18:34 GMT +316 December 2018
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    A 2012 report from the Justice Department’s inspector general shows that the FBI has been conducting warrantless data surveillance for years.

    Warrantless Spying: The FBI Expands Surveillance Powers

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    While the NSA received harsh criticism following leaks detailing the government’s warrantless surveillance programs, a report shows that the FBI also has been monitoring the communications of unknowing targets for years.

    The report, obtained by The New York Times, shows that in 2008 the FBI assumed the authority to review email accounts the NSA collected through its “PRISM” system, which collects emails of foreigners. The bureau was responsible for ensuring that none of those email accounts belonged to Americans, the Times reported.

    The following year, the FBI started gathering communications that were collected without a warrant to analyze for its own purposes. Then, in April 2012, the bureau began identifying its own new targets, collecting the email accounts and phone numbers of foreigners.

    In 2008, the FBI assumed the authority to review email accounts the NSA collected through its “PRISM” system, which collects emails of foreigners.
    © Flickr / o.maloteau
    In 2008, the FBI assumed the authority to review email accounts the NSA collected through its “PRISM” system, which collects emails of foreigners.

    That information is a part of a study by the Justice Department’s inspector general about the FBI’s activities under the FISA Amendments Act of 2008, which authorized the surveillance program. The Times received a semi-redacted version of the report through a Freedom of Information Act lawsuit.

    In it, the inspector general, Michael E. Horowitz, “concluded that the FBI was doing a good job in making sure that the email accounts targeted for warrantless collection belonged to noncitizens abroad,” according to the Times.

    Other portions of the report were heavily redacted – there is only one mention of the NSA’s PRISM program.

    The report also shows that in October 2001, in the wake of the terrorist attacks of the previous month, President George W. Bush authorized the NSA to collect Americans’ international phone calls and emails without warrants required by the Foreign Intelligence Surveillance Act.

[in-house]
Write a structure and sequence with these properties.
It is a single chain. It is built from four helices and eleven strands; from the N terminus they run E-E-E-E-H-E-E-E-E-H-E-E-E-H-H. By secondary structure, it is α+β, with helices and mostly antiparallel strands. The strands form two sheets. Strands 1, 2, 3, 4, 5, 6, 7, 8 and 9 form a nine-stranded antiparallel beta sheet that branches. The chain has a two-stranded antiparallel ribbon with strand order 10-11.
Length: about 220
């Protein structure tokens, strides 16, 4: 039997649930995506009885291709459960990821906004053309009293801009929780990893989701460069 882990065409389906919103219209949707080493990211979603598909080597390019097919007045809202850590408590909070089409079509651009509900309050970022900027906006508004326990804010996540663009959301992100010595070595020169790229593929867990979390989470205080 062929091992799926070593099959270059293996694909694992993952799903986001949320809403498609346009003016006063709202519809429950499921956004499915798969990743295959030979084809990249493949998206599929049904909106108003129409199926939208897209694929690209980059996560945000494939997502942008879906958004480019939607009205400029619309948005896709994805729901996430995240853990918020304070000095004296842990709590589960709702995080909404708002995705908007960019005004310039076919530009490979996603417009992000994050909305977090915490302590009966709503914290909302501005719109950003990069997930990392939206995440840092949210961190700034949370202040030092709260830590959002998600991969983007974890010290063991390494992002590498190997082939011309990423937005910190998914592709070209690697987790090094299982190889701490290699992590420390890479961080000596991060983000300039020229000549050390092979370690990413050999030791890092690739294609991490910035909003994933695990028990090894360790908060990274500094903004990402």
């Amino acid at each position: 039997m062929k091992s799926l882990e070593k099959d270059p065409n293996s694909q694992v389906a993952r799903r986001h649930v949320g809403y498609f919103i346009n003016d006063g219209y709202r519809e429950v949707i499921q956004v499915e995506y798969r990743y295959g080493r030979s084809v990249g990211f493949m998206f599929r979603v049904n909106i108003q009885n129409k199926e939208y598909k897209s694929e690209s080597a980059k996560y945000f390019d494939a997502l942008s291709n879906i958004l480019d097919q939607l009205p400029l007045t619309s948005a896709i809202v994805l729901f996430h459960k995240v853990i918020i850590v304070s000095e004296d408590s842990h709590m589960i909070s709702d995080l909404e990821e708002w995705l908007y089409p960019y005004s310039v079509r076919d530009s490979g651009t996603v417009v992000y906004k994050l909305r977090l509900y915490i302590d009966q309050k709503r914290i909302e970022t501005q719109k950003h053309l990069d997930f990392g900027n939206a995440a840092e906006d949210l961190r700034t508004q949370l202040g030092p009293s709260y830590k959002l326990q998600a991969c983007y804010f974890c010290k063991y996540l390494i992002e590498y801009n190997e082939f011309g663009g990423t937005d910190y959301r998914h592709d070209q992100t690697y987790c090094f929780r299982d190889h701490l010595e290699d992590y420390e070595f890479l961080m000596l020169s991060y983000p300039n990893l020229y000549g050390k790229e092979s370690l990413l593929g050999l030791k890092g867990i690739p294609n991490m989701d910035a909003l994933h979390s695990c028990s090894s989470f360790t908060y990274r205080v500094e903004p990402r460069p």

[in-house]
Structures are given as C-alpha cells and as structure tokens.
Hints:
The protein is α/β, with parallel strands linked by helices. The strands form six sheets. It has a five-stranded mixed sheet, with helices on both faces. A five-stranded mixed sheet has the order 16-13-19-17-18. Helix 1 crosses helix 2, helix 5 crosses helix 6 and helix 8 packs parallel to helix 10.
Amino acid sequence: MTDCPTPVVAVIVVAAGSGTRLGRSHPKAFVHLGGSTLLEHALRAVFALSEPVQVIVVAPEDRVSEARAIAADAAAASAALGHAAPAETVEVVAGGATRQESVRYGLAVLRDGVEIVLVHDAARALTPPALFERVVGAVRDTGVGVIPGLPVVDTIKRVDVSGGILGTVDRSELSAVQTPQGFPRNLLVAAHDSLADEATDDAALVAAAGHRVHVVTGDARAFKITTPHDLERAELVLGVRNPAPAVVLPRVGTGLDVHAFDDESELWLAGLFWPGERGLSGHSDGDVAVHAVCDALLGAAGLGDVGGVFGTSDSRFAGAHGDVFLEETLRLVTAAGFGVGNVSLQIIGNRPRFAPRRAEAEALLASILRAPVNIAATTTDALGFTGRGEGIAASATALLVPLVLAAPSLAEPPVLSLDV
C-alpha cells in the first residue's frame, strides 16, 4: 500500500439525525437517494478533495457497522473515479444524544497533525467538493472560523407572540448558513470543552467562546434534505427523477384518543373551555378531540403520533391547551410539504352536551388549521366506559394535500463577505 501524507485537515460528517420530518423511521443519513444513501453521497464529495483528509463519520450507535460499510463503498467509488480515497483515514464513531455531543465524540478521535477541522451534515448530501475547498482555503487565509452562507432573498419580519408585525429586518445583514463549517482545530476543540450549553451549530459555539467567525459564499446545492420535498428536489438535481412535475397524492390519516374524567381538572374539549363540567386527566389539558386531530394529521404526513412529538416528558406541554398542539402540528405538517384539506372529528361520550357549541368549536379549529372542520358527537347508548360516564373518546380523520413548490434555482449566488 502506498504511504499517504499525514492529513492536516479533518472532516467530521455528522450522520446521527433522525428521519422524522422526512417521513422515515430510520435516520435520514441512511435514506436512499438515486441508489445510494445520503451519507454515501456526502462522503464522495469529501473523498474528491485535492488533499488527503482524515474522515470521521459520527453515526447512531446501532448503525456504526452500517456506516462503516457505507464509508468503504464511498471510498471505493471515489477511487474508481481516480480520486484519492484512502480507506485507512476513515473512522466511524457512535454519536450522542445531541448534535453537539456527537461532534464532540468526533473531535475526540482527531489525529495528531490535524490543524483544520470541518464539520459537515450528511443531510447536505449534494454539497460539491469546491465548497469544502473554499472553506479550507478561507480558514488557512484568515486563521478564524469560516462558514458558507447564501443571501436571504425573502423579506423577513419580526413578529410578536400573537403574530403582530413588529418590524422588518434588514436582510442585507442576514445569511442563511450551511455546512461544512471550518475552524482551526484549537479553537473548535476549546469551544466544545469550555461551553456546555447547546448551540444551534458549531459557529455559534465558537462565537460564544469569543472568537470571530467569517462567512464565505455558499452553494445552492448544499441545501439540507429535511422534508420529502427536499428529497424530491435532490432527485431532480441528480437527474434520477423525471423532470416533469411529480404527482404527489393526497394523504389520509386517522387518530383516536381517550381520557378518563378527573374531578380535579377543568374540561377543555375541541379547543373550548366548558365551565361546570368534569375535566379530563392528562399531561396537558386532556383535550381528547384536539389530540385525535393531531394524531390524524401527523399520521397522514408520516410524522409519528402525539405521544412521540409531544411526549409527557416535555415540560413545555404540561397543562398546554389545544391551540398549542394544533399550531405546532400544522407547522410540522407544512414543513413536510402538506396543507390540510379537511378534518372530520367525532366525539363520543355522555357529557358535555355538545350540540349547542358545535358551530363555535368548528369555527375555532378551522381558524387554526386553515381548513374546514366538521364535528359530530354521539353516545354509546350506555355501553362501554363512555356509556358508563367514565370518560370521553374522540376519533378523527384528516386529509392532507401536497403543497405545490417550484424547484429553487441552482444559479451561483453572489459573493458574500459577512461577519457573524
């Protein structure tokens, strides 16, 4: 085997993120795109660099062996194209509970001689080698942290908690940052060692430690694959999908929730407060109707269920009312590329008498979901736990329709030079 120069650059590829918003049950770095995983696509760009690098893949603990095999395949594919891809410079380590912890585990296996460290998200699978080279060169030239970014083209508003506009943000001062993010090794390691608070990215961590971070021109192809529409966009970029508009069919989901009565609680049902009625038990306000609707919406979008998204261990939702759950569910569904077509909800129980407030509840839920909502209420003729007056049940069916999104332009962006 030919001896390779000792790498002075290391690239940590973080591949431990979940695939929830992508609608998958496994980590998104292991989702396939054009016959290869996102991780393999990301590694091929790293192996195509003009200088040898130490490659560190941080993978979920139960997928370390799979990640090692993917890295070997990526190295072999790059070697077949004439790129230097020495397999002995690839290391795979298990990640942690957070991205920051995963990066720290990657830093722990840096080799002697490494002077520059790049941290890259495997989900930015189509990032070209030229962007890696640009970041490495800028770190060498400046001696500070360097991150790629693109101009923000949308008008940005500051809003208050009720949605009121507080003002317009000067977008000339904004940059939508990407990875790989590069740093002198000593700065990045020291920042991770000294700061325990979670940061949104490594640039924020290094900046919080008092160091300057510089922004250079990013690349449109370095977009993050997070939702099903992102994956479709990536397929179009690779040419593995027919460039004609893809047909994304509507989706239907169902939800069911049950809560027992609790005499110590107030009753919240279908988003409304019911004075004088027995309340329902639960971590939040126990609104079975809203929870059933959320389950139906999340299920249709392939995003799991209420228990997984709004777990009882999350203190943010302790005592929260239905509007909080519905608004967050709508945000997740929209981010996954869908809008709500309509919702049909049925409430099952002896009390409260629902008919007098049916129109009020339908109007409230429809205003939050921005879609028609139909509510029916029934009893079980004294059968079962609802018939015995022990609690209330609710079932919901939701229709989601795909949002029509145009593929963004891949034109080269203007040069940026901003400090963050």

Following the terrorist attacks of Sept. 11, 2001, President George W. Bush authorized the NSA to collect Americans’ phone calls and emails without warrants required by the Foreign Intelligence Surveillance Act.
    © Flickr / The U.S. National Archives
    Following the terrorist attacks of Sept. 11, 2001, President George W. Bush authorized the NSA to collect Americans’ phone calls and emails without warrants required by the Foreign Intelligence Surveillance Act.

    When that program was uncovered and made public in 2005, the backlash included lawsuits against telecommunications providers that had voluntarily participated in the program. A judge ultimately ruled that the data tracking was illegal.

    What followed was a temporary order from a judge permitting warrantless surveillance of foreign accounts. When that order was ruled illegal by another judge, Congress enacted the Protect America Act, a temporary piece of legislation again authorizing warrantless surveillance.

    The following year, Congress replaced that law with the FISA Amendments Act, which authorizes warrantless surveillance of non-US citizens outside of the country. However, the Act doesn't require the government to identify the target, or show probable cause to believe that the target has committed a crime.

    President Barack Obama signed an extension of the FISA Amendment Act near the end of 2012, when it was set to expire.

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